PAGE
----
The issue of a leader’s personal character is crucial, especially considering followers of Jesus Christ should be outstanding examples of trustworthiness, yet there seems to be a lethargy and complacency concerning integrity among some Christians, which is out of sync with so many of the teachings in Scripture.
Character is an outstanding consistency of integrity between what we say we believe and our actual actions. Steward leaders build trust in their followers by maintaining a high level of character, at all times. Followers rightly believe their leaders share their core values and will consistently act with consideration to those values. Trust is a powerful glue that binds us together and when leaders violate common values followers lose confidence in that leader, questioning his character.
Have you ever pondered the parable of the shrewd manager in Luke 16:1-13? He seems to have routinely taken advantage of, wasted, and mismanaged the assets under his care. He may have become comfortable with his deceit, possibly figuring he was smarter than the owner, or at least thinking he wouldn’t be caught in his ruse. The unjust steward is a warning to us as leaders. He likely began his position with the owner trusting him, but somewhere along the way the manager lost sight of his true position. He took steps down a path of duplicity and no longer looked out for the interests of the owner.
Integrity of character doesn’t just happen, especially when we come up against incredibly terrifying circumstances that shake us to our core. Oddly enough, the unexpected happens when we least expect it. A continual connection to Jesus helps us maintain integrity when those unexpected and daunting circumstances require us to react quickly; when we don’t have time to think, we can react from the inner character formed through an intentional pursuit of God. An ongoing spiritual development on the part of a leader should translate into decisions that display a life grounded in Christian character.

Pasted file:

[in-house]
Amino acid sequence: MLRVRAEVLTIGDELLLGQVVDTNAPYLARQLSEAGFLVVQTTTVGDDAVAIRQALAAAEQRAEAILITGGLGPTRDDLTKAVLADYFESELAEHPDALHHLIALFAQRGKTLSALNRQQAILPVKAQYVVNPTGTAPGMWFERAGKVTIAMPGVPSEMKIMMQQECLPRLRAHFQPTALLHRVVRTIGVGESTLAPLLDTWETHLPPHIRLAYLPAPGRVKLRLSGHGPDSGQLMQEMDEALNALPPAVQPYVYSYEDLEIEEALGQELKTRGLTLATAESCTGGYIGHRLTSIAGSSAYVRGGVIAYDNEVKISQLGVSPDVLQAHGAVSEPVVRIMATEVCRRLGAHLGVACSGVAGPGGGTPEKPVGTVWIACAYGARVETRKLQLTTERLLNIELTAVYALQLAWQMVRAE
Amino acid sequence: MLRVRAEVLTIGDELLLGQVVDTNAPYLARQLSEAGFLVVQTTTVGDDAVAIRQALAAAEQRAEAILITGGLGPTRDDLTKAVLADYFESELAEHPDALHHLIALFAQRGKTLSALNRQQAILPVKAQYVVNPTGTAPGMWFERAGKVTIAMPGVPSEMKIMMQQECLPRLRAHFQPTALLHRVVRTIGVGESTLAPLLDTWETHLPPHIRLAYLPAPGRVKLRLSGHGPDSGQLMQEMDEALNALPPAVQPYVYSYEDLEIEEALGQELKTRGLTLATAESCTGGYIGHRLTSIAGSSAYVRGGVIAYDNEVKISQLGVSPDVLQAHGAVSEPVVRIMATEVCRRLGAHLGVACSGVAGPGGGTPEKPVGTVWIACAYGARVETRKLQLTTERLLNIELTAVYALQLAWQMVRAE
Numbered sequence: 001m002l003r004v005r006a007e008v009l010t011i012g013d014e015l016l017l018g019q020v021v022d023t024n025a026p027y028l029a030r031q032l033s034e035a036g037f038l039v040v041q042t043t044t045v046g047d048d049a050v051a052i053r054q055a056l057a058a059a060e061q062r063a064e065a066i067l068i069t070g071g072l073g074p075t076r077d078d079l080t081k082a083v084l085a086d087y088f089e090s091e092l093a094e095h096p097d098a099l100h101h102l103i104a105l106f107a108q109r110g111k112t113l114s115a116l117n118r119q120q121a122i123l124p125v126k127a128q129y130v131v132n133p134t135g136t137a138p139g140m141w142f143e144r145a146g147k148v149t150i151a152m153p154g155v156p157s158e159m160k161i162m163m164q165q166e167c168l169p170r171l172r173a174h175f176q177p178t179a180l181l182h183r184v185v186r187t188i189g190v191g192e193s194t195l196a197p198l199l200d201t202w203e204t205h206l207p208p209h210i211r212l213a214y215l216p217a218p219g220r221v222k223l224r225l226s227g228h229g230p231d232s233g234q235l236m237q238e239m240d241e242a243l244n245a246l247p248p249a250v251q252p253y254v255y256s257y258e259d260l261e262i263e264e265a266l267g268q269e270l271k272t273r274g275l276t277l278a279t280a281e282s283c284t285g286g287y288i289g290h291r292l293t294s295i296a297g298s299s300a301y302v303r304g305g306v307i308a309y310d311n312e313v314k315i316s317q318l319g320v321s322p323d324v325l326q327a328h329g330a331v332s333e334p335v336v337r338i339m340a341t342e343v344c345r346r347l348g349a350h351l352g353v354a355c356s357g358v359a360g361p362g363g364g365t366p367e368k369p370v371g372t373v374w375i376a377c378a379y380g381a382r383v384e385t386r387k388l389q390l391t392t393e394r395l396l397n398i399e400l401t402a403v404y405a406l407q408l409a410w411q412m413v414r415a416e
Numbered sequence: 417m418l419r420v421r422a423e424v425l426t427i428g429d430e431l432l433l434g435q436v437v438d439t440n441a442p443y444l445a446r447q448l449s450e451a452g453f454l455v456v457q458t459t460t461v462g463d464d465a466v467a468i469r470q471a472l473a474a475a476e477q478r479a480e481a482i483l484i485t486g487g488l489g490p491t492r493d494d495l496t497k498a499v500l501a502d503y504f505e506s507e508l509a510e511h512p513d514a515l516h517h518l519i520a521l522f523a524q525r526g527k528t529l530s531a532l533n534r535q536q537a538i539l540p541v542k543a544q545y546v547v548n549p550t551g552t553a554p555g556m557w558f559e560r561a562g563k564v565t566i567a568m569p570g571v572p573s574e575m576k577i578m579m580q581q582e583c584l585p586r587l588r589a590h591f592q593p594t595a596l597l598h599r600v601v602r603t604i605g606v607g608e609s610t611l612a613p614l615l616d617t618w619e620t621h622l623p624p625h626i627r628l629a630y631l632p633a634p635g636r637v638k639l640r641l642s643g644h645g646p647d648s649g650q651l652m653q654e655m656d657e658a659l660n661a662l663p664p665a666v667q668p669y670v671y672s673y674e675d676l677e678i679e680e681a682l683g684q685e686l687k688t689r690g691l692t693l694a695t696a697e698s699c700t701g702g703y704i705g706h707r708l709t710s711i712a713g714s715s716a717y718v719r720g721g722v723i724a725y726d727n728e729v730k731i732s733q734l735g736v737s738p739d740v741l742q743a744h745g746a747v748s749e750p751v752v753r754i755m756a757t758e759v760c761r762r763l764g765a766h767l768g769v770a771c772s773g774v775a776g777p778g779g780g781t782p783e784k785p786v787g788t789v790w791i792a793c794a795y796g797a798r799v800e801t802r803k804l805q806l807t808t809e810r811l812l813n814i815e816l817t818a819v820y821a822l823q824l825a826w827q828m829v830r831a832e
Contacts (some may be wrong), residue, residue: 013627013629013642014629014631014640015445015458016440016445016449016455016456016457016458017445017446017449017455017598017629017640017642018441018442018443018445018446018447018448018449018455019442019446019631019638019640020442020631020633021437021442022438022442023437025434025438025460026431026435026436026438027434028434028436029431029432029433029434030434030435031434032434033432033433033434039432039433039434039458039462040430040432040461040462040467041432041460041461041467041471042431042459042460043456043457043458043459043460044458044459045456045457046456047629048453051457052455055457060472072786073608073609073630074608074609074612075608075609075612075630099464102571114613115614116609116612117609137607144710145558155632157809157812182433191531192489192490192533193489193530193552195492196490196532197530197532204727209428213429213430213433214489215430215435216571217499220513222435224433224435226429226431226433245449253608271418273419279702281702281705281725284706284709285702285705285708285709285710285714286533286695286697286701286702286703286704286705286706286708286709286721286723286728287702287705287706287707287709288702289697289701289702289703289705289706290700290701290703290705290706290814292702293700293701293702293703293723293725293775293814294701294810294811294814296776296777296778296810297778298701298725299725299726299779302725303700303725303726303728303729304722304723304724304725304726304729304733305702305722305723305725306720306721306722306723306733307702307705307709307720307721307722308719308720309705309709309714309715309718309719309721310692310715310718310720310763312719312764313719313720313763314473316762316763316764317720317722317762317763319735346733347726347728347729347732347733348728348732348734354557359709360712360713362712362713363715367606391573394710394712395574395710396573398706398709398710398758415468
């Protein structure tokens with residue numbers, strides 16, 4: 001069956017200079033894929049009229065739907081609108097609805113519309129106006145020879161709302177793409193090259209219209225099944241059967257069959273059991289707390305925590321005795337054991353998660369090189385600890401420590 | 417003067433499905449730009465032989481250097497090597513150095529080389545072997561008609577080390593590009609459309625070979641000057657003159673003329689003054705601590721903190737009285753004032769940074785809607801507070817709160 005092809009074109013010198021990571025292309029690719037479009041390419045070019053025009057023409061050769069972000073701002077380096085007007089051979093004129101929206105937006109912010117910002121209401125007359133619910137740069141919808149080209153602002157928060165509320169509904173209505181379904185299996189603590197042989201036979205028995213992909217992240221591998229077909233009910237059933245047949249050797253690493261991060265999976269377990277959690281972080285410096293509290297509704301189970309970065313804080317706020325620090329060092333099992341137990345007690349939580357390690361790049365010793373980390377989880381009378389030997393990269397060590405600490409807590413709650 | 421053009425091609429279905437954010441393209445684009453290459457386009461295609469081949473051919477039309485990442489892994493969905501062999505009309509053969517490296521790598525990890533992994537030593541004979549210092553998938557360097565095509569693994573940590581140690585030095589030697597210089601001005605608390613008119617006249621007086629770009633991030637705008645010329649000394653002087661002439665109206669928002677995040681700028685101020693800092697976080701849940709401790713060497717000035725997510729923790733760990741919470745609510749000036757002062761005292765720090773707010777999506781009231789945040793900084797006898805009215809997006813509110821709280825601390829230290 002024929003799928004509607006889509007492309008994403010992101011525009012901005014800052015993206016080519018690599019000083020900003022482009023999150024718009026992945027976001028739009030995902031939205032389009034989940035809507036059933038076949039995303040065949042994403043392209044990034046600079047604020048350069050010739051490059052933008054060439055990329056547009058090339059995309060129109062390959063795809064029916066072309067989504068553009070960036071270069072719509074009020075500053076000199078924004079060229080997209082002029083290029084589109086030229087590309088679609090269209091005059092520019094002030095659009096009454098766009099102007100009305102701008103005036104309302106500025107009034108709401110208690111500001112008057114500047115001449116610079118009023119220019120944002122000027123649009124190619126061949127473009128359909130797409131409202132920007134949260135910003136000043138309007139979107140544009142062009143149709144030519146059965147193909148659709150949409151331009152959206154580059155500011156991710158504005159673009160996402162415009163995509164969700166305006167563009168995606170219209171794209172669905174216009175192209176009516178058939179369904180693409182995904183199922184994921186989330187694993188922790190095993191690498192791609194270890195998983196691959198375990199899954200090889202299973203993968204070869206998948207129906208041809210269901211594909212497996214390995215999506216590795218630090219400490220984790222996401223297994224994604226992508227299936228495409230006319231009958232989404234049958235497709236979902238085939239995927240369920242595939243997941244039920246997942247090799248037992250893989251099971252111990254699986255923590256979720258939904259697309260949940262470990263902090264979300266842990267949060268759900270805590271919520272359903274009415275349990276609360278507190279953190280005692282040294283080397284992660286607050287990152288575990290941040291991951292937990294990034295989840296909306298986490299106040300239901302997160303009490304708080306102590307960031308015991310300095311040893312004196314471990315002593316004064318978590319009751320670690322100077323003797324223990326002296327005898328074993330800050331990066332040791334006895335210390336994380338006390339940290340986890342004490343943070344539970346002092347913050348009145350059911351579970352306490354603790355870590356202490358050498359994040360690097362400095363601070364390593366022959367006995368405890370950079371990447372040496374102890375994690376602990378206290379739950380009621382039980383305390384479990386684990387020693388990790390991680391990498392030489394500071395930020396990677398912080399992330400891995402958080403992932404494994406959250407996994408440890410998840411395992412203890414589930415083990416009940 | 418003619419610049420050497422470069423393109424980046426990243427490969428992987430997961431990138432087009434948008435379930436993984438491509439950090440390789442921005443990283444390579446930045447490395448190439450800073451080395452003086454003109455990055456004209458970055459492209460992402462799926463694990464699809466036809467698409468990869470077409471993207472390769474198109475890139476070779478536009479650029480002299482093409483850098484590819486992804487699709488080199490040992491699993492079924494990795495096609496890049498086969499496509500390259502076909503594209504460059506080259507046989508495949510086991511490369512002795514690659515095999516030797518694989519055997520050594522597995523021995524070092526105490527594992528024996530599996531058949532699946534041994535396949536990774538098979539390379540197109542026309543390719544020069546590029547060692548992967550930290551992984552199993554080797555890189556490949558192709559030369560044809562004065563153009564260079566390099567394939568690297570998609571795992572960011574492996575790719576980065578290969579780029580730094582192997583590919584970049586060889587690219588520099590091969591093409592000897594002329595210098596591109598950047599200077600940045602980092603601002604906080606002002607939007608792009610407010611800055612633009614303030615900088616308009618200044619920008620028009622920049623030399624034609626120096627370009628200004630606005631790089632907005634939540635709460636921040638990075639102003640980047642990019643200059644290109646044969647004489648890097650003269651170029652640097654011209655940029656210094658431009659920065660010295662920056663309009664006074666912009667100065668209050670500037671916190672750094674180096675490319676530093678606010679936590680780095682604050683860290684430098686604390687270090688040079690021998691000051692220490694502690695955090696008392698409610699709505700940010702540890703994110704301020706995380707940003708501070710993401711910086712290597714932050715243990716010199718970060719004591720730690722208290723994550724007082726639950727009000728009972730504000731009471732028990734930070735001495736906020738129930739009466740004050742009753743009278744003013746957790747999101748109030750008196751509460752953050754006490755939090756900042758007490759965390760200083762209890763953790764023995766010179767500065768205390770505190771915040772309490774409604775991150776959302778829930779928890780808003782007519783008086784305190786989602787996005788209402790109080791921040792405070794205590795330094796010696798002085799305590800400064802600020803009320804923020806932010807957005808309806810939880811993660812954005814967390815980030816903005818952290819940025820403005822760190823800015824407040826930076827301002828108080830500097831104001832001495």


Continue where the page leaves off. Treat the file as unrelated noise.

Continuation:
An important truth presented by Paul in Romans 5:1 is the believer lives at peace with God. We are God’s enemy without Christ, yet with Christ, God declared peace between us. This fact makes a life of character possible. Because we are at peace with God, we can grow, mature, and stand before God with character. The hope Paul presents in Romans 5:3-5 is an anticipation of a fact. The believer’s life in eternity at peace is secure; however, Paul makes it clear that troubles are real and even desirable because they build faithfulness. Through perseverance in troubles, the believer builds a reputation and recognizable record of character.
No matter how we interpret the parable of the shrewd manager, one thing we can agree on is he lacked character. Jesus calls him shrewd, but does not hold him up as trustworthy. Christ followers in leadership positions must be people of character, trustworthy, and act in ways that point observers to Christ.
Question: In what areas are you violating your character by walking a path of duplicity?